AT THE OFFICE: Job-related claims of pregnancy bias on the rise
Samantha Stone, 29, would like to have a baby soon. But with the job market tenuous, being pregnant in the workplace has become much more risky. Just look at the number of pregnant women who are blogging about job discrimination, filing lawsuits ...
Samantha Stone, 29, would like to have a baby soon. But with the job market tenuous, being pregnant in the workplace has become much more risky.
Just look at the number of pregnant women who are blogging about job discrimination, filing lawsuits for unfair removal and turning to advocacy groups for relief after being targeted in job cuts.
Claims of pregnancy discrimination are on the rise, maternity leaves are a luxury and conducting a job search while pregnant is like trying to win the lottery.
Even more, many pregnant women are shocked to learn they have few workplace protections. Women swept into the layoff frenzy are discovering you can be fired while pregnant or on maternity leave.
In the tough economy, employers consider expecting mothers to be expendable employees, says Robert Weisberg, a Miami labor lawyer who represents victims of discrimination. "In these times, pregnancy is viewed as a real liability."
Weisberg says more employers consider new mothers less productive and don't want the disruption of maternity leave. "Women are telling me they've been encouraged, coerced or told by their boss to have their baby and stay home."
He adds, "When business is good and the job market isn't as tight, they're much more tolerant."
The numbers reflect this lack of tolerance. Pregnancy-bias complaints recorded by the Equal Employment Opportunity Commission rose 14 percent in 2008 to 5,587, the biggest annual increase in 13 years.
As the complaints stream in, Nora Curtin, an attorney with the EEOC, says, "It's still shocking to me that some employers are blatant about this kind of discrimination."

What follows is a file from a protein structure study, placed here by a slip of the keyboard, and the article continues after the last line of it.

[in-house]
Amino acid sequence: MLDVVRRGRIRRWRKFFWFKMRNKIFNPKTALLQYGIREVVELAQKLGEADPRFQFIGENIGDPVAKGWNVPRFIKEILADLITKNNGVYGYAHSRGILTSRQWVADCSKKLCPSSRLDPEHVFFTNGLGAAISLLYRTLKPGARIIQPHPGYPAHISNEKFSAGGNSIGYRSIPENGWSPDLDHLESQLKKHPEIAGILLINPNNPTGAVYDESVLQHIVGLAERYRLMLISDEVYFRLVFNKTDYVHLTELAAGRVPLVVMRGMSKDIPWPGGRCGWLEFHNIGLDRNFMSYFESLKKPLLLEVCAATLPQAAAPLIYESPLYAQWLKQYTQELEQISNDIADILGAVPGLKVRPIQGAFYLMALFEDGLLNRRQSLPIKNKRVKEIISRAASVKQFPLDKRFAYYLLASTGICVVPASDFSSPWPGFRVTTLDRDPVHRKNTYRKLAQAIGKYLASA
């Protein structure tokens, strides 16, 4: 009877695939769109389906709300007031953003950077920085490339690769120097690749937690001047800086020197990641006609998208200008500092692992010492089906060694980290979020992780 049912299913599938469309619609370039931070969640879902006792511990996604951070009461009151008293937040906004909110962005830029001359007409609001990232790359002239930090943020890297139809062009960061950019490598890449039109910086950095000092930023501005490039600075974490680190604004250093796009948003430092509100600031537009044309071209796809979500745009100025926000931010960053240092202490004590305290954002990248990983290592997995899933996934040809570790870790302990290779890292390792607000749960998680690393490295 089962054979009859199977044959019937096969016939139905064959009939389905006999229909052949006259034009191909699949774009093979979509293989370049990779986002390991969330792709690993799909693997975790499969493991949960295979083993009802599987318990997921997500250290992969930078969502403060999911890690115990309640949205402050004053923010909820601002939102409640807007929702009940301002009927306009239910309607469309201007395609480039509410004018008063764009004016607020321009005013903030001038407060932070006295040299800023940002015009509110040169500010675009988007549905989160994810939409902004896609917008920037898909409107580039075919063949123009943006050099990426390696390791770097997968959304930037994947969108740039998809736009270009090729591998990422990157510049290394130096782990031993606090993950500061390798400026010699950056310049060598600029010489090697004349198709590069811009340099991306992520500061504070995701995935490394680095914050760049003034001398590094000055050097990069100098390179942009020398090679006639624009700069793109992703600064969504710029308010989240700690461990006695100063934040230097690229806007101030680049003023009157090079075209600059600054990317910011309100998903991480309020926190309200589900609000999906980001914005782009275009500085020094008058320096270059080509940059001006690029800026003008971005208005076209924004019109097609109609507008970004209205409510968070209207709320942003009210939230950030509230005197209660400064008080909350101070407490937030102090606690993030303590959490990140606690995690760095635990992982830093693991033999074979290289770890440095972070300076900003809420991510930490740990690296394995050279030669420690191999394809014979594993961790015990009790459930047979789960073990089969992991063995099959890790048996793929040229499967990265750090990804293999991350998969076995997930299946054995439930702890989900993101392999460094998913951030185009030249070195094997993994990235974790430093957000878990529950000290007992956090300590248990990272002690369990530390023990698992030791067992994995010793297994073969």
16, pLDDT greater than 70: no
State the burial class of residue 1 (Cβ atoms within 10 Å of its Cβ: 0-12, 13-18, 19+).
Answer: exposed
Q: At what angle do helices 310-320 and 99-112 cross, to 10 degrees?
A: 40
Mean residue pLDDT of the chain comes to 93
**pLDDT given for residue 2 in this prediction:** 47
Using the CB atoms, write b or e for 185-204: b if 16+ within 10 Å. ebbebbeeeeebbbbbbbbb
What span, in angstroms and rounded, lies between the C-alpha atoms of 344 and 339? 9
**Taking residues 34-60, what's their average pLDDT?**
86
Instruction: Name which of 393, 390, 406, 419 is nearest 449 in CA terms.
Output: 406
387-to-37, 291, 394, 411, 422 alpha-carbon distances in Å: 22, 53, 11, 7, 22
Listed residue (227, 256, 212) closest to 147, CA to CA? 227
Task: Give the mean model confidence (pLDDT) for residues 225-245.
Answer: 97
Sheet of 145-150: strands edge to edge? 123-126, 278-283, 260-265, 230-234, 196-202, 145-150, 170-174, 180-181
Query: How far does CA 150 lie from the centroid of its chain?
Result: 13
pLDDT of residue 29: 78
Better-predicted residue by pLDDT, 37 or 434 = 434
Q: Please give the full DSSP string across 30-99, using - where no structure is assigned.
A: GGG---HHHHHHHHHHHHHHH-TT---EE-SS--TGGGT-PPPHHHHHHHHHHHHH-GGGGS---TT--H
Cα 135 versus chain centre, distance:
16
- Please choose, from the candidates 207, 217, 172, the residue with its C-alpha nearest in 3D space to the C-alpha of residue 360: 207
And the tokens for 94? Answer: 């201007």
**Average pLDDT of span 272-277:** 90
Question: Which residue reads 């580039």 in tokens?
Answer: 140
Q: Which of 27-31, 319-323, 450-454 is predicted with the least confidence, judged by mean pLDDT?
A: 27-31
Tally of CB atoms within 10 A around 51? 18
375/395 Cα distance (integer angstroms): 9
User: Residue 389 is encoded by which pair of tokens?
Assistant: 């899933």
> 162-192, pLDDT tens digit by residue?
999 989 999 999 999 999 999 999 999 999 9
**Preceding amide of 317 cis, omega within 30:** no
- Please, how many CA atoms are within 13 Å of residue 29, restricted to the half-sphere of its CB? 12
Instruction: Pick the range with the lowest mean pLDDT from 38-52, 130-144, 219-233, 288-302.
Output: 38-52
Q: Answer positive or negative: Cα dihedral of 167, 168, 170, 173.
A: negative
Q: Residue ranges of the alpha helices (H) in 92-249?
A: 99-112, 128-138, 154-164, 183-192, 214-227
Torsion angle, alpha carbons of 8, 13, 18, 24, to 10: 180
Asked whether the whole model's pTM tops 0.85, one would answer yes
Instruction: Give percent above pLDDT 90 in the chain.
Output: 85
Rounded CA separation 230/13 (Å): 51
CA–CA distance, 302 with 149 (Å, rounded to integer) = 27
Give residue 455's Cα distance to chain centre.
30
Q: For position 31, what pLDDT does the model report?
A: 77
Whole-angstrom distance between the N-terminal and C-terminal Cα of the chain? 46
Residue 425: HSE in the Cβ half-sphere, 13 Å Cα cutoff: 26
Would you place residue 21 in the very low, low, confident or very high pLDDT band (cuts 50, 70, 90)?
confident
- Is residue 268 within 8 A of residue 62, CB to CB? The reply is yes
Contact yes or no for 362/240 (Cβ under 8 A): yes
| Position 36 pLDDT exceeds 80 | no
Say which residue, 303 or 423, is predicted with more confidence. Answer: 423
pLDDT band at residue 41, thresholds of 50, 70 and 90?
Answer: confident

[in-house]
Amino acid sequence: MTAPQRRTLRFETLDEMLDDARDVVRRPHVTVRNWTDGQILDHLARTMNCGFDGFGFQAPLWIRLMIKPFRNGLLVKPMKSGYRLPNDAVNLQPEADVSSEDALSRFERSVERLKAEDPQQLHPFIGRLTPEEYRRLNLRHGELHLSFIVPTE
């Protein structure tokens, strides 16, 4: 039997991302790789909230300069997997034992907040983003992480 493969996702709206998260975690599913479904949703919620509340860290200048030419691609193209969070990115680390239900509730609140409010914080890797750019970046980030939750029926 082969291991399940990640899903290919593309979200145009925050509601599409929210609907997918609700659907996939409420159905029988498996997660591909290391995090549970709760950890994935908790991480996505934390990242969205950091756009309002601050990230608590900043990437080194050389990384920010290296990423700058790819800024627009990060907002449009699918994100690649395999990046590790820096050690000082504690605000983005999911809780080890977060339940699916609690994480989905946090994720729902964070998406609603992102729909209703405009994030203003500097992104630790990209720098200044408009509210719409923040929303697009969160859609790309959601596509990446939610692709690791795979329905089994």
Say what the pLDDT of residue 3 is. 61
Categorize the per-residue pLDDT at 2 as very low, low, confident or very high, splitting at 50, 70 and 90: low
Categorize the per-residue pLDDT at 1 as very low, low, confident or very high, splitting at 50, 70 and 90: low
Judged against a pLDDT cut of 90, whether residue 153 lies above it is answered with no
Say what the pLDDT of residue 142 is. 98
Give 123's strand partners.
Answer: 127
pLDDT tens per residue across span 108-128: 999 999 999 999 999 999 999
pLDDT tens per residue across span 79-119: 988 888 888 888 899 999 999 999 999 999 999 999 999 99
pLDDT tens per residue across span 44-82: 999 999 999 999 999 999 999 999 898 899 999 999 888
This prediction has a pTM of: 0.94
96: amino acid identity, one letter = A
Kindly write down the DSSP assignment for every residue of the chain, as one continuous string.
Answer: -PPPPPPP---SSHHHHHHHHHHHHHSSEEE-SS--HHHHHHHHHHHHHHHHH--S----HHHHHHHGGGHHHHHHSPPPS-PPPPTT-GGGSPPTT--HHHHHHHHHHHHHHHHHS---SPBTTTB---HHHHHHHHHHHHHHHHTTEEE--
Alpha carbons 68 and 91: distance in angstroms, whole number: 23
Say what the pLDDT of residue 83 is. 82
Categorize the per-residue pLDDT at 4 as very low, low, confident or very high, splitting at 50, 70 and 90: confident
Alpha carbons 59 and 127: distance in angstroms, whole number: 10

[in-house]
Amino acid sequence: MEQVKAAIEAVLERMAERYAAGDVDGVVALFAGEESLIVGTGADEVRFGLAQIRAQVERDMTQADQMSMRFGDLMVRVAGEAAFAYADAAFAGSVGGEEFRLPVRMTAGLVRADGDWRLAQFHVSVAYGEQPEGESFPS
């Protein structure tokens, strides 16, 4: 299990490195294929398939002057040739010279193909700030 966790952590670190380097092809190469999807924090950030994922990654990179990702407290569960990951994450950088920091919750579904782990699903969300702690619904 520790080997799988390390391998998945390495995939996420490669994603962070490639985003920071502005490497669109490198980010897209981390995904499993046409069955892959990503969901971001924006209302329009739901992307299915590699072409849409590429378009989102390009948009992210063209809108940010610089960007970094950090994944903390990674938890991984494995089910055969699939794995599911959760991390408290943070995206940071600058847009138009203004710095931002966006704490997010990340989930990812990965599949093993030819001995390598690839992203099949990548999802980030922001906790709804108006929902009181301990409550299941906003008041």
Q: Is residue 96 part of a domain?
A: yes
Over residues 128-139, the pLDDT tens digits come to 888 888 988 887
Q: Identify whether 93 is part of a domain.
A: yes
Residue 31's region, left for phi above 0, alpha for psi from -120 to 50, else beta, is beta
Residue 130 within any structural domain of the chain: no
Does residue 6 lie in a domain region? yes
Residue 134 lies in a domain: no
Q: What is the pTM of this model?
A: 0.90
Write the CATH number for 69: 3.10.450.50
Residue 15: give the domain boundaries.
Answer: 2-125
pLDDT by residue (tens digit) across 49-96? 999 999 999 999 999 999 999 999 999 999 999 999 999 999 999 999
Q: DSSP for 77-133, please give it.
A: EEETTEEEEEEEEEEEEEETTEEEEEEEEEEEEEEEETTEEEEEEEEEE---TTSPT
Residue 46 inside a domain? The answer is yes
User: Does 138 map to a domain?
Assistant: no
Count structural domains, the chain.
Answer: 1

In Florida, the EEOC is suing one of the largest general contractors in the Southeast, Choate Construction, on behalf of an administrative assistant. The woman claims a manager on a construction site criticized her for getting pregnant, harassed her, and called her a liability. She was fired shortly after she complained to human resources.
Choate denies the claim and says the firing was performance based.
Attorney Stuart I. Grossman says the most common employer defense against pregnancy bias has become the economy. "Companies will assert they need to reduce their workforce to survive and the burden shifts to the employee to prove otherwise."
What employers cannot do is treat expecting mothers differently than they would another employee or job candidate. The Pregnancy Discrimination Act says it is illegal to fire, or not hire, a person because she is pregnant. To succeed in a claim, a woman who brings charges must prove an employer's action was motivated by her pregnancy or status as a mother.
"The law is not designed to treat a pregnant woman or new mother differently or give them more rights. It's designed to keep them equal," explains Grossman of Tew Cardenas, which defends employers against bias claims.
In the most obvious way, getting the ax while pregnant is a double whammy. Employers are warned that asking personal questions in job interviews can get them in legal hot water. But in a tight job market, chances of finding work while pregnant are minimal, even with the law on your side.
Combine job fears with economic factors and it is no wonder America's first decline in births this decade came in 2008. Florida and California, the two states hit hardest by the housing crisis, saw the largest drops.
"I had really hoped to have two children by the time I was 30," says Stone, who fears being laid off, pregnant, and without health insurance.
Stone works at a construction company and her husband is self-employed and covered by her policy.
Such risk has become too high for families that depend on women for economic security, says Debra Ness, president of the National Partnership for Women & Families. "In this recession, many men have been laid off, leaving families with the wife's paycheck as the primary source of income."
New moms often are unaware they aren't entitled by federal law to paid childbirth leave. Nataly Kogan, founder of WorkItMom.com, says if your family needs your income you have to make some judgment calls. "The harsh reality is that it's important to be in the loop, be visible. That may mean shorter maternity leave," she says.
It may also mean grappling with how to handle a job search. Career websites are filled with pregnant women out of work querying whether they should tell a prospective employer they're pregnant during the interview process. Kogan says the key is to emphasize commitment to your job. "The burden is on the employee to emphasize your productivity and your intention to come back."